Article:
The economic downturn in the country is making life hard going
In the course of signing into law the 2016 budget recently, President Muhammadu Buhari said Nigeria was “experiencing probably the toughest economic times in the history of our nation”. He acknowledged what most citizens now go through when he said, “I read the newspapers and listen to the television and radio. I hear your cries. I share your pains.” If anything, that pain has only been increased with last week’s removal of subsidy on petrol.
To say that many Nigerians are living in difficult times is to put the situation rather mildly. In the past few months, prices of commodities, particularly imported ones, have shot through the roof, making life unbearable for the citizenry. Inflation is soaring away in double digits, put at 12.8 per cent in March and expected to climb higher in April when the figures are eventually released. Even the underperforming electricity distributing companies (Discos) have also upped their tariffs by as much as 40 per cent, despite the fact that they cannot keep the lights on.
To make matters worse, those at work are finding it difficult to make ends meet because their monthly wages are not paid on a regular basis. About 27 of the 36 states reportedly owe salaries to their workers, some for as many as 10 months. The agony in the streets can only be further appreciated in the fact that millions of Nigerians are unemployed and have no form of social security to cushion their plight.
Indeed, a combination of factors is making life particularly difficult for Nigerians now. A prolonged period of cheap oil in the international market has impacted the flow of foreign currency to the national treasury. Since 2014, the economy has been contracting as the price of oil, the country’s chief foreign exchange earner, plummeted from an average of $100 per barrel to less than $30 early this year, thus costing Nigeria more than two–thirds of its foreign exchange earnings.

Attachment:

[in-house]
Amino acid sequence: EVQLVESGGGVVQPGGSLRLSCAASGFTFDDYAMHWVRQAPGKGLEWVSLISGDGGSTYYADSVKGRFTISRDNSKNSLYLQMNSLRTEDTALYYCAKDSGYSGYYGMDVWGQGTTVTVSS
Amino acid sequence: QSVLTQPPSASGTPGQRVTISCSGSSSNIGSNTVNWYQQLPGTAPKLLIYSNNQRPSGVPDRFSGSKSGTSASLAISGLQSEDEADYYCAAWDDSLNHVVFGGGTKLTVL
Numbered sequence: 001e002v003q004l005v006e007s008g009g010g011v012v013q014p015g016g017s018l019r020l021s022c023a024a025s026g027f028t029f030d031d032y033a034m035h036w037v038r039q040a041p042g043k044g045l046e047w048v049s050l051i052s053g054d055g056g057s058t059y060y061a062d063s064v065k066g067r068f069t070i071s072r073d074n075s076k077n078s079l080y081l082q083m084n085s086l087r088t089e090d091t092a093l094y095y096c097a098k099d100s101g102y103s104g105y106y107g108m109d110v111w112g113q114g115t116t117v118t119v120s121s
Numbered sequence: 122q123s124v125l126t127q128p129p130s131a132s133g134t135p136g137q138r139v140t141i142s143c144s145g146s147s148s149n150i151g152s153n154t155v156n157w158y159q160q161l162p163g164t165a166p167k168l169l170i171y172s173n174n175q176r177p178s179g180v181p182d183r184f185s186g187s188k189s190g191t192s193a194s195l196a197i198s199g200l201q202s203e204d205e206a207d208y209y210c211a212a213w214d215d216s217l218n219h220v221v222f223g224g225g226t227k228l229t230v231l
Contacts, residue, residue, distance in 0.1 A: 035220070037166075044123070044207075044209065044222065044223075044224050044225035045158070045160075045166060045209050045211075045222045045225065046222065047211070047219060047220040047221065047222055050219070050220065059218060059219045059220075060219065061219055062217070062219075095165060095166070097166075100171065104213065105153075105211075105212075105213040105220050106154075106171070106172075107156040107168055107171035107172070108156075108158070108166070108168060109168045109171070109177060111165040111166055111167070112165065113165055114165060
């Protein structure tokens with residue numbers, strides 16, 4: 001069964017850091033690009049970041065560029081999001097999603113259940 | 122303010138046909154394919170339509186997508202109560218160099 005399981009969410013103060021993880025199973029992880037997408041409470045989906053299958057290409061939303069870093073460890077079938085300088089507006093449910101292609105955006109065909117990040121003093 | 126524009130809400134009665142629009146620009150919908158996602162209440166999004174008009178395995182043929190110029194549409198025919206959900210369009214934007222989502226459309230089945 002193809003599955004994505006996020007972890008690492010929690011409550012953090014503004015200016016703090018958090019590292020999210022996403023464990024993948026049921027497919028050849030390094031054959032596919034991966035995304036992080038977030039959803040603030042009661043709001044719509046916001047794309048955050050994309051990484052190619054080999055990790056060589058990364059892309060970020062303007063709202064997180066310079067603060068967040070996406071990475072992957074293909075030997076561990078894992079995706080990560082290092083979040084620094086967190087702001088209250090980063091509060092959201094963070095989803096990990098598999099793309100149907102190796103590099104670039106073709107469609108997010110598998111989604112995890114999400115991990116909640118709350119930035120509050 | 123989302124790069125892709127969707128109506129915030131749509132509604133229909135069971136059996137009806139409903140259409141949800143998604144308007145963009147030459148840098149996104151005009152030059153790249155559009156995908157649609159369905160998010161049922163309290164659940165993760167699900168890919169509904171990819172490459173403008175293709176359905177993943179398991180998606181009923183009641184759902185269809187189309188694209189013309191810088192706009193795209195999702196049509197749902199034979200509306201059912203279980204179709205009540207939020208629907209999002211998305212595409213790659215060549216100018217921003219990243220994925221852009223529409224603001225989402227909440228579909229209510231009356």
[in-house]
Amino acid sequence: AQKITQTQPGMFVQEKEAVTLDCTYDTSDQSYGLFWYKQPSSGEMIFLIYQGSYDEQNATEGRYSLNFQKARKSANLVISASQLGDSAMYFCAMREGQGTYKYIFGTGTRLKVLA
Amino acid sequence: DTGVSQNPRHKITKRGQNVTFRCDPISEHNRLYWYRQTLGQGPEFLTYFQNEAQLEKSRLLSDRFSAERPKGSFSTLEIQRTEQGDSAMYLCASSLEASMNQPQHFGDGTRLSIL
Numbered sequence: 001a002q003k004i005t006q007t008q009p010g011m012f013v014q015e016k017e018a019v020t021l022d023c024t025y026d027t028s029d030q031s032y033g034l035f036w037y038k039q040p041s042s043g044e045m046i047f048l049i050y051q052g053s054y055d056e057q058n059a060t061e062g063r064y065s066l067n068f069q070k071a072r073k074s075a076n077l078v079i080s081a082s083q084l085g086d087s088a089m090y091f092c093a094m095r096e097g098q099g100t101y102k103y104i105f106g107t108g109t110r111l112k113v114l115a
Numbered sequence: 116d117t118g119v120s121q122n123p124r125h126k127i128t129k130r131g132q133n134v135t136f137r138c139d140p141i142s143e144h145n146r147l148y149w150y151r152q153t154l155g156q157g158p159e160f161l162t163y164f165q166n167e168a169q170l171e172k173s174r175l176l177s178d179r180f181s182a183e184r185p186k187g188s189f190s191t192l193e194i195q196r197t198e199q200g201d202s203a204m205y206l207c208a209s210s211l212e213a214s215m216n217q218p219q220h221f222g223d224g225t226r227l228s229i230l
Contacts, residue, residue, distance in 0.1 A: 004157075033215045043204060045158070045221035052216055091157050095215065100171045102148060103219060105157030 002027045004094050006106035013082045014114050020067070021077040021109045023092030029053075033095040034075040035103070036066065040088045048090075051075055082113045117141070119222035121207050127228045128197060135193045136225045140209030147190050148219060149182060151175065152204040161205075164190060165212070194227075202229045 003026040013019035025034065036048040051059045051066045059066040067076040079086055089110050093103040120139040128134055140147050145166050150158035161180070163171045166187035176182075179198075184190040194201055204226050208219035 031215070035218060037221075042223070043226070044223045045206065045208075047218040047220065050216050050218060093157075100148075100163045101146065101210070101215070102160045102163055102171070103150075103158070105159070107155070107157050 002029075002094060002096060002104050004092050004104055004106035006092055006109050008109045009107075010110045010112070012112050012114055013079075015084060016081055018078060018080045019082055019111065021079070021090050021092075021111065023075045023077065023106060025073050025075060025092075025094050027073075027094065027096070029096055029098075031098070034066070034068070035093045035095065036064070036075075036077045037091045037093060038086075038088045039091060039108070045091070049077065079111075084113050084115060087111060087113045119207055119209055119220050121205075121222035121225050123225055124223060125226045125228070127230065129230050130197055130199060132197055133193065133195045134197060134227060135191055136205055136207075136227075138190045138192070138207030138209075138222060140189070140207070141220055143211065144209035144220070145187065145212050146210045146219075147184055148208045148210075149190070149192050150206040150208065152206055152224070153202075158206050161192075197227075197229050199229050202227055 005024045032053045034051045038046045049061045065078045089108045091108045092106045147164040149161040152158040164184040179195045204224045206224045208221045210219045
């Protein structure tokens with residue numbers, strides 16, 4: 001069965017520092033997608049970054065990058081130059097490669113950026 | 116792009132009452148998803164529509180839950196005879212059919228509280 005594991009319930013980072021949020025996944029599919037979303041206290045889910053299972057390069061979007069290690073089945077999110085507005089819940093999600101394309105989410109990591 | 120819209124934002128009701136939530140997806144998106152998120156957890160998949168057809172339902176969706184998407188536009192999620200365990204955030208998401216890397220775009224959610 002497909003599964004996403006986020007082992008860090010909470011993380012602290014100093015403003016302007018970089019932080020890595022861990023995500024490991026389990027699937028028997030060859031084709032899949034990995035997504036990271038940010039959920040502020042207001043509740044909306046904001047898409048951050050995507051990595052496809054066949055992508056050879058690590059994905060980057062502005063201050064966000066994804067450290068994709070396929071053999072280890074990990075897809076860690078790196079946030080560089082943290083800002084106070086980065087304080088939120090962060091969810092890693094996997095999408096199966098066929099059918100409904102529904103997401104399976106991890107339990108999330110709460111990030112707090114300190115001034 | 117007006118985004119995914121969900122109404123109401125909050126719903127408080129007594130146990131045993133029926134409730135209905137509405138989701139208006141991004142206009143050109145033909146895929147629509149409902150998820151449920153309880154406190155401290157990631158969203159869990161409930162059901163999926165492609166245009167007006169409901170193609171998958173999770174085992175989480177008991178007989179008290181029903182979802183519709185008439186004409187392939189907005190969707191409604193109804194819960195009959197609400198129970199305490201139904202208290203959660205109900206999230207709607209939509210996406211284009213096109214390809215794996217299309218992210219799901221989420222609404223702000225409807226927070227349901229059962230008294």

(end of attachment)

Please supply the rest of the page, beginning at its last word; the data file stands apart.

For a country that is dependent on imports for almost everything, the impact of the cash flow crisis was made worse by extravagant and corrupt governments over time. The central bank is now forced to ration dollars and restrict some items from accessing foreign exchange from its official window as way of conserving foreign reserves. The nation’s currency has been devalued twice within a period of almost two years and now stands officially at N197 to the dollar. But on the black market, the naira has lost half its value such that by the weekend, it was hovering around N360 to the dollar. Since many of the importers get their foreign exchange from the black market, the economy is suffering from the low strength of the national currency.
Matters are complicated by a drastic fall in foreign investments. In the first quarter of 2016, for instance, some measly $711 million flowed into the country, a 74 per cent drop from the previous year. “The collapse in investment inflows will deal two very serious blows to Nigeria’s economy, which is already reeling due to low oil prices,” said Capital Economics’ Africa economist, John Ashbourne. “This will exacerbate the country’s serious balance of payments problems and further depress investment in an economy that is starved of capital.”
Last week, the president rekindled hope when he said N350 billion would soon be injected into the economy for capital projects. “We are working night and day to diversify the economy such that we never again have to rely on one commodity to survive as a country,” said President Buhari. “So that we can produce the food we eat and most of the things we use. We intend to create the environment for our young people to be able to innovate and create jobs through technology.”
We hope the administration will act fast by putting in place policy measures that will cushion the effects of the current hardships on ordinary Nigerians.